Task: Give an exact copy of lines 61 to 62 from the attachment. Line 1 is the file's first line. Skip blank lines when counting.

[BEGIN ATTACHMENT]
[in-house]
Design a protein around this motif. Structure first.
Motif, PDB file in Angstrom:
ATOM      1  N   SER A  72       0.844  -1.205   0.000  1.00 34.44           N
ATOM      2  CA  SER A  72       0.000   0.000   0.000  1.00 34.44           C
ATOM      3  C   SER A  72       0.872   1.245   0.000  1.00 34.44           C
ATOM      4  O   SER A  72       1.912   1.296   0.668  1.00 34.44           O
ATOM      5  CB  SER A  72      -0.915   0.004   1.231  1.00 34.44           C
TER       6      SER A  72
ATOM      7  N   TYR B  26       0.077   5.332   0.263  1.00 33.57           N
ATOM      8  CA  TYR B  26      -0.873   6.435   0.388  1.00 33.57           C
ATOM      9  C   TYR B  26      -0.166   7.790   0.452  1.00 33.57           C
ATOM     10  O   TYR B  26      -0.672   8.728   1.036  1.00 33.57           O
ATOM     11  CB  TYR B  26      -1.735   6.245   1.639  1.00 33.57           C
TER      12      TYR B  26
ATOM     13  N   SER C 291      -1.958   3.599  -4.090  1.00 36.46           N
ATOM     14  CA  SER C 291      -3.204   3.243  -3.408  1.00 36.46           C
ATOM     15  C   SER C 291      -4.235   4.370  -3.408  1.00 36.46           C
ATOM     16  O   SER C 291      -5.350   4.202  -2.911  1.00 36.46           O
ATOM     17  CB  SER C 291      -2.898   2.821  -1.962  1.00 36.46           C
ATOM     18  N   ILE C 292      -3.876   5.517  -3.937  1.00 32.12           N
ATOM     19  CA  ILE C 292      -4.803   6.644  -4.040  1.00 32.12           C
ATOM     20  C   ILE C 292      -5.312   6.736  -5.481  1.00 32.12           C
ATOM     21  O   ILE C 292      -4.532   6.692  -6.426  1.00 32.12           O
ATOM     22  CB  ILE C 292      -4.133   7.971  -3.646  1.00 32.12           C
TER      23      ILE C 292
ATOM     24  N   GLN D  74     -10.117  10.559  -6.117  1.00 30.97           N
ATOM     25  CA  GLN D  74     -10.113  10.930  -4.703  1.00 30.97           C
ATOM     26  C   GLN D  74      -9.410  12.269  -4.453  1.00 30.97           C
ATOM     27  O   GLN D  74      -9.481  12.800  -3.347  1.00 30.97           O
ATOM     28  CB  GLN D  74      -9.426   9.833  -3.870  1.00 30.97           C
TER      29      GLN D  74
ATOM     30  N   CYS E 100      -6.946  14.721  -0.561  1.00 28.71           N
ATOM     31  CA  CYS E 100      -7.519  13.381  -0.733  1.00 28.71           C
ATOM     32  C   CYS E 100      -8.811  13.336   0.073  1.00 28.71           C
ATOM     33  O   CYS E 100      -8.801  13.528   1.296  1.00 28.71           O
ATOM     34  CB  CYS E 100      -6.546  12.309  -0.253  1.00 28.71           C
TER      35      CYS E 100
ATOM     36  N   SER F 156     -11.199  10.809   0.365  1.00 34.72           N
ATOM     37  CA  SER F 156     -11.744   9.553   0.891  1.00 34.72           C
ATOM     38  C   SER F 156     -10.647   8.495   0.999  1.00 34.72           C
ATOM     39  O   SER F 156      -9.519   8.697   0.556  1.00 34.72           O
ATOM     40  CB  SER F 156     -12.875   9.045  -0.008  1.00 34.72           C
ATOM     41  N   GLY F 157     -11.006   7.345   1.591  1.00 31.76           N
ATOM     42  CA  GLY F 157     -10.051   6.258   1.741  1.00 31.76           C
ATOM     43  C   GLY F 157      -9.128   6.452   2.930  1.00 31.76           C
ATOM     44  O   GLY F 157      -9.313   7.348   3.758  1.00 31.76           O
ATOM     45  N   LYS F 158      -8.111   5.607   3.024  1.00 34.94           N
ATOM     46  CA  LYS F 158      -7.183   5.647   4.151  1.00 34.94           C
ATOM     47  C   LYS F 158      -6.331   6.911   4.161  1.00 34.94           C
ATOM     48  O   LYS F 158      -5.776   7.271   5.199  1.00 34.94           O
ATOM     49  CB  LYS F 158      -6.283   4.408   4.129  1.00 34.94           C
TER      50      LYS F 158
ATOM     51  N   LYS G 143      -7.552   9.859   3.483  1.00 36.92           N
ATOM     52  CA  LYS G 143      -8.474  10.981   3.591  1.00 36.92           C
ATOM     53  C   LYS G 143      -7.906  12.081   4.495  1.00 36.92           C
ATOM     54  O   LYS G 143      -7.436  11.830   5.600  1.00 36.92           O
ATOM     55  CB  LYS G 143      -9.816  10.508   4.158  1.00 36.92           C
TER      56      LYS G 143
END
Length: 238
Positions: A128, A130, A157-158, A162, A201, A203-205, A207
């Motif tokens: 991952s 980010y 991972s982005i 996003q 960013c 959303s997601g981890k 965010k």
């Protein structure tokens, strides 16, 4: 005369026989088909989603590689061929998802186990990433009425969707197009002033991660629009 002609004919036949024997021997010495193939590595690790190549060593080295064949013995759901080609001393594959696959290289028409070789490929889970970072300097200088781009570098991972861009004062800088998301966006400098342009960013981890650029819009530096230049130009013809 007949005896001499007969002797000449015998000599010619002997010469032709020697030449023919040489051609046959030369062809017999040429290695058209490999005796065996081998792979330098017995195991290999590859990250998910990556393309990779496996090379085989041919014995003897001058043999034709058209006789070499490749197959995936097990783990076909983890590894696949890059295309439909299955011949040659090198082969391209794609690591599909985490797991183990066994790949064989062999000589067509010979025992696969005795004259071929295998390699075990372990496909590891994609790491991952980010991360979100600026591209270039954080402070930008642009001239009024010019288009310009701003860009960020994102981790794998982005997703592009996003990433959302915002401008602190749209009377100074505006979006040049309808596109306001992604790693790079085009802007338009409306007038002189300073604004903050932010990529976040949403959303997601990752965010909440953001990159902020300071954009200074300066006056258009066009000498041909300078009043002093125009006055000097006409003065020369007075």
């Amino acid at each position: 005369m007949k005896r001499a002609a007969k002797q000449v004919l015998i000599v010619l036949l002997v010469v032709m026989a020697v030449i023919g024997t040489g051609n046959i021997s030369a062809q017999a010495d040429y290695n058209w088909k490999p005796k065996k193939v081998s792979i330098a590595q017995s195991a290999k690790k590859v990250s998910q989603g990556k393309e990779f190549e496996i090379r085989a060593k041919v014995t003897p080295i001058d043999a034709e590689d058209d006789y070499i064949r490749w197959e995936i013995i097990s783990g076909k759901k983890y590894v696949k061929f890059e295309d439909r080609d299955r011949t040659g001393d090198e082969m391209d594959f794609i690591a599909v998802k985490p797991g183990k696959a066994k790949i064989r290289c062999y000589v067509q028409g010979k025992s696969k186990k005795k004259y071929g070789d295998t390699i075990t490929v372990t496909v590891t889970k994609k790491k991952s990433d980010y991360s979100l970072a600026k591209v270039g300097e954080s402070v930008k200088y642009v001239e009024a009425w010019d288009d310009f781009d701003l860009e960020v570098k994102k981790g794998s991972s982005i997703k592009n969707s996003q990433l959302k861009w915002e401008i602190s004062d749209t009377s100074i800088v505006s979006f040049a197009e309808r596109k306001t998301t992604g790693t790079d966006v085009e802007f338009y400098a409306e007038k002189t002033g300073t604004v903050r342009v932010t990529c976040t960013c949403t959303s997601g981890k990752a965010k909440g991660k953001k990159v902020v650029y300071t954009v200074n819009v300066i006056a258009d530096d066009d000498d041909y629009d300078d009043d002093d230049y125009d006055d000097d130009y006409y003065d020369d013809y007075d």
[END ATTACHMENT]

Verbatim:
Length: 238
Positions: A128, A130, A157-158, A162, A201, A203-205, A207